2017 Synthetic Biology: Engineering, Evolution & Design (SEED)
SEED 2018 will take place June 3-7, 2018 in Scottsdale, AZ.
SEED 2019 will take place June 23-27, 2019 in New York, NY.
SEED 2017 was focused on advances in the science and technology emerging from the field of synthetic biology. This is broadly defined as technologies that accelerate the process of genetic engineering. The conference highlighted new tool development, as well as the application of these tools to diverse problems in biotechnology, including therapeutics, industrial chemicals and fuels, natural products, and agriculture. This year's theme was "building foundations of synthetic biology, scaling it up, and applying it to critical problems.”
- David Baker, University of Washington
- Sarah O'Connor, John Innes Centre
- Kristala Jones Prather, MIT
- Christina Smolke, Stanford University
- Eric Klavins, University of Washington
- Reshma Shetty, Ginkgo Bioworks
Organizing Committee Includes:
- Kobi Benenson, ETH Zurich
- Kirsten Benjamin, Amyris
- Matthew Bennett, Rice University
- James Carothers, University of Washington
- Stephanie Culler, Genomatica
- Mary Dunlop, Boston University
- Ryan Gill, University of Colorado
- Karmella Haynes, Arizona State University
- Michael Jewett, Northwestern University
- Sri Kosuri, University of California, Los Angeles
- Julius Lucks, Northwestern University
- Axel Trefzer, Thermo Fisher Scientific
- David Breslauer, Bolt Threads
David Baker is the Henrietta and Aubrey Davis Endowed Professor in Biochemistry, Director of the Institute for Protein Design, Investigator of the Howard Hughes Medical Institute, and adjunct professor of Genome Sciences, Bioengineering, Chemical Engineering, Computer Science, and Physics at the University of Washington.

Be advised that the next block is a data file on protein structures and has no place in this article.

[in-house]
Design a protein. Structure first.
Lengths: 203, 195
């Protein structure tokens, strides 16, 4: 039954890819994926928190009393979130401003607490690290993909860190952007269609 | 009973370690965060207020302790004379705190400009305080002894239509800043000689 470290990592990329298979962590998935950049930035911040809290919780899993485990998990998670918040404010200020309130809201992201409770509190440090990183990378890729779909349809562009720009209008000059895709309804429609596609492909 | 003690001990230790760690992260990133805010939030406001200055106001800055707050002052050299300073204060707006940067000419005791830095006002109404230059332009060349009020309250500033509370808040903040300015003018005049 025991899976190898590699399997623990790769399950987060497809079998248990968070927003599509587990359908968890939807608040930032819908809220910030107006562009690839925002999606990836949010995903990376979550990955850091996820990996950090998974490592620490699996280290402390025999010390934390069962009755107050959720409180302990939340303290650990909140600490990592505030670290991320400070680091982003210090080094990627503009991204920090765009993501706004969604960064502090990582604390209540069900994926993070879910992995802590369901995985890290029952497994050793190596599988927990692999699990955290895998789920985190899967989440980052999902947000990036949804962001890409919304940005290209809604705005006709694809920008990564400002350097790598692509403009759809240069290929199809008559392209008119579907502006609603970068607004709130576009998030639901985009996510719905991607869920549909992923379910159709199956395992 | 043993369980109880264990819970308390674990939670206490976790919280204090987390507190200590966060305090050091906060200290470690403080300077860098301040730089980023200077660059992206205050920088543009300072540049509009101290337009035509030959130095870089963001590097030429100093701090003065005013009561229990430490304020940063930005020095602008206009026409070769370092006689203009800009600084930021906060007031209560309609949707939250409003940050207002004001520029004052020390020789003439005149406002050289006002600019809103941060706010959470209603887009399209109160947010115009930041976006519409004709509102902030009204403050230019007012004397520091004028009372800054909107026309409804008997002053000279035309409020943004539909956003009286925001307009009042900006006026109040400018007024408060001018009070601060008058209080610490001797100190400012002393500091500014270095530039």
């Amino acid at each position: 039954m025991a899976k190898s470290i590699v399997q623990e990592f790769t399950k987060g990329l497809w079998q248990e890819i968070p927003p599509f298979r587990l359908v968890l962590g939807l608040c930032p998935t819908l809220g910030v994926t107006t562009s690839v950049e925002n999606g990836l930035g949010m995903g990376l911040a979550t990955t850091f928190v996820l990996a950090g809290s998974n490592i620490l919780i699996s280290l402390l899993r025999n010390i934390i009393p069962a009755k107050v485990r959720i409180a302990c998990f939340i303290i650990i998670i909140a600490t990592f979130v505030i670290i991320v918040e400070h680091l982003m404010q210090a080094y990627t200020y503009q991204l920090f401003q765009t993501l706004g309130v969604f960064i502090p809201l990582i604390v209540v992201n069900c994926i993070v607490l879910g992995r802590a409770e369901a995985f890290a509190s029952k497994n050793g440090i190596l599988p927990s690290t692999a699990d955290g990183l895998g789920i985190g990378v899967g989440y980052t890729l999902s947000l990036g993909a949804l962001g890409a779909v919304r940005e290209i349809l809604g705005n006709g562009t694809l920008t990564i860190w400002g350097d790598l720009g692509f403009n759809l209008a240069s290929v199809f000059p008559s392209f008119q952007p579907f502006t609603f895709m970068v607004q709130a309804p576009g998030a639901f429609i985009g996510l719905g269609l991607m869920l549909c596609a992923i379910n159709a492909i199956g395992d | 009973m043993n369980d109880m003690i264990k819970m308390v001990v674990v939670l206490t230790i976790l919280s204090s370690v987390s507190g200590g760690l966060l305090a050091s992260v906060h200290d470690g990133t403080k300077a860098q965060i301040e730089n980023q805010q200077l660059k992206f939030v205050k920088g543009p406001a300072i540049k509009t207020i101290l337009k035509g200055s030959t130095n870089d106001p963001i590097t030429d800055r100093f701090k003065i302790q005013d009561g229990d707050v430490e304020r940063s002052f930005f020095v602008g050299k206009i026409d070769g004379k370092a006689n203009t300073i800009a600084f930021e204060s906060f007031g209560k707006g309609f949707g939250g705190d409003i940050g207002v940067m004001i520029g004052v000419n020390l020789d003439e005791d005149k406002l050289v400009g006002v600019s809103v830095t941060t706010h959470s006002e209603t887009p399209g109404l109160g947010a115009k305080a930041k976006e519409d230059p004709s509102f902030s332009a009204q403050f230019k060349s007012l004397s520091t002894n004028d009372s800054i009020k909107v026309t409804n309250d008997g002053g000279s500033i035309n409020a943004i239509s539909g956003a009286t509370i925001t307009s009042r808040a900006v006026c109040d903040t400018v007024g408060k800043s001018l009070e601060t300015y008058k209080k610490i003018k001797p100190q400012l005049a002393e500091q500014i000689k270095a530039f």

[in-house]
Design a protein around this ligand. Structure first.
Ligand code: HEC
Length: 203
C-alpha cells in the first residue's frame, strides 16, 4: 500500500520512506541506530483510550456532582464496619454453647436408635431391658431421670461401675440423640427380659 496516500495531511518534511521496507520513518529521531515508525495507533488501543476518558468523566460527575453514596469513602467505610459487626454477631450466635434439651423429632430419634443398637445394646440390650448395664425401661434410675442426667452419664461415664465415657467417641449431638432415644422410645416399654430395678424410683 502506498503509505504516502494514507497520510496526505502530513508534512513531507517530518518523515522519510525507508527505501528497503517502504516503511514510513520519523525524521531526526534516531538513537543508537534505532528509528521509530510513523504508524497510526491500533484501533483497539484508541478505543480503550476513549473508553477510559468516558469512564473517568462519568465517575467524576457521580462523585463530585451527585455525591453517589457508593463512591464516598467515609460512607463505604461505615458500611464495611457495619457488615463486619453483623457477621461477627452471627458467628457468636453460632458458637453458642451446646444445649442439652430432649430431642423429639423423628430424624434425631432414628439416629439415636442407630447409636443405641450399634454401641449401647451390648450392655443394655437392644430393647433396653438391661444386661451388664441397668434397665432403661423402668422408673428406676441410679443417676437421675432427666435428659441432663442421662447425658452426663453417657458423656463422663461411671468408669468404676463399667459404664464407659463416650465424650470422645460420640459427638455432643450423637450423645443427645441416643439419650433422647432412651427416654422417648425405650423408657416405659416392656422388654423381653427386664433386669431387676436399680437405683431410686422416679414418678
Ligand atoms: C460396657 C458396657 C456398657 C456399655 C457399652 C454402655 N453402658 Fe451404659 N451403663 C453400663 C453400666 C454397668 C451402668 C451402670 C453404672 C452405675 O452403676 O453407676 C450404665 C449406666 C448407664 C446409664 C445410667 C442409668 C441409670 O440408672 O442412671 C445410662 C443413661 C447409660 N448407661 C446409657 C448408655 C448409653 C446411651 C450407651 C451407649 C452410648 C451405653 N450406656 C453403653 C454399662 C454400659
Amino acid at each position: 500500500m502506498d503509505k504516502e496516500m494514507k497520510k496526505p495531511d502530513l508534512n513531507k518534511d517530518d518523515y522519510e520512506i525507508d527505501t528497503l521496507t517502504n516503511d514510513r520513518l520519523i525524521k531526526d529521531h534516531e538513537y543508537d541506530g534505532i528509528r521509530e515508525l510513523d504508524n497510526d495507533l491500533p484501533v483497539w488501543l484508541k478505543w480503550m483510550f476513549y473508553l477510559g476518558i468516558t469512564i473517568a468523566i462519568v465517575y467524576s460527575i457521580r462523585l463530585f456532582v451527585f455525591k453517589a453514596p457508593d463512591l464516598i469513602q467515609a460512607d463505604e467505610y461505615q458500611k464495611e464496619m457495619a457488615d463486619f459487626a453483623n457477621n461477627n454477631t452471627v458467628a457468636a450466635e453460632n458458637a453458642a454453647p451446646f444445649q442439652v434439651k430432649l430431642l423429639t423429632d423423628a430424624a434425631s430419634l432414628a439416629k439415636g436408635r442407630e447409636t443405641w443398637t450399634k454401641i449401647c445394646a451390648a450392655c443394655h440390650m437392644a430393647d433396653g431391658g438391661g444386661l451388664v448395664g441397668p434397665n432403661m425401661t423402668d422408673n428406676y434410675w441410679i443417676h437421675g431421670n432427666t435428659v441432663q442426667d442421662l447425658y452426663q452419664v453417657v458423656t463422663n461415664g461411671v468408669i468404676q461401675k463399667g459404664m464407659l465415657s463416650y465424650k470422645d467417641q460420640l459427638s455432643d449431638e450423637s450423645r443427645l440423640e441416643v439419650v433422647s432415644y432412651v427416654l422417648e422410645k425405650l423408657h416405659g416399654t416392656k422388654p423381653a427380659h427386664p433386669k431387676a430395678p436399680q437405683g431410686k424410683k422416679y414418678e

He received his Ph.D. degree in biochemistry with Randy Schekman at the University of California, Berkeley and did postdoctoral work in biophysics with David Agard at UCSF. His research group is focused on the prediction and design of macromolecular...Read more
Sarah O’Connor received her degrees in chemistry from the University of Chicago and MIT. She has been a Professor and Project Leader in Biological Chemistry at the John Innes Centre since 2011. Her research interests focus on the natural products of plants, with a particular interest in the alkaloids. Her research group takes a broad approach to understanding plant biosynthetic pathways, ranging from gene discovery, mechanistic enzymology, and metabolic engineering....Read more
Kristala Jones Prather is the Arthur D. Little Professor of Chemical Engineering at MIT. She received an S.B. degree from MIT in 1994 and Ph.D. from the University of California, Berkeley (1999), and worked 4 years in BioProcess Research and Development at the Merck Research Labs prior to joining the faculty of MIT.
Her research interests are centered on the design and assembly of recombinant microorganisms for the production of small molecules, with additional efforts in novel bioprocess design approaches. Prather is the recipient of an Office of Naval Research Young Investigator...Read more
Professor Smolke's research program focuses on developing modular genetic platforms for programming information processing and control functions in living systems, resulting in transformative technologies for engineering, manipulating, and probing biological systems. She has pioneered the design and application of a broad class of RNA molecules, called RNA devices, that process and transmit user-specified input signals to targeted protein outputs, thereby linking molecular computation to gene expression. This technology has been extended to efficiently construct multi-input devices...Read more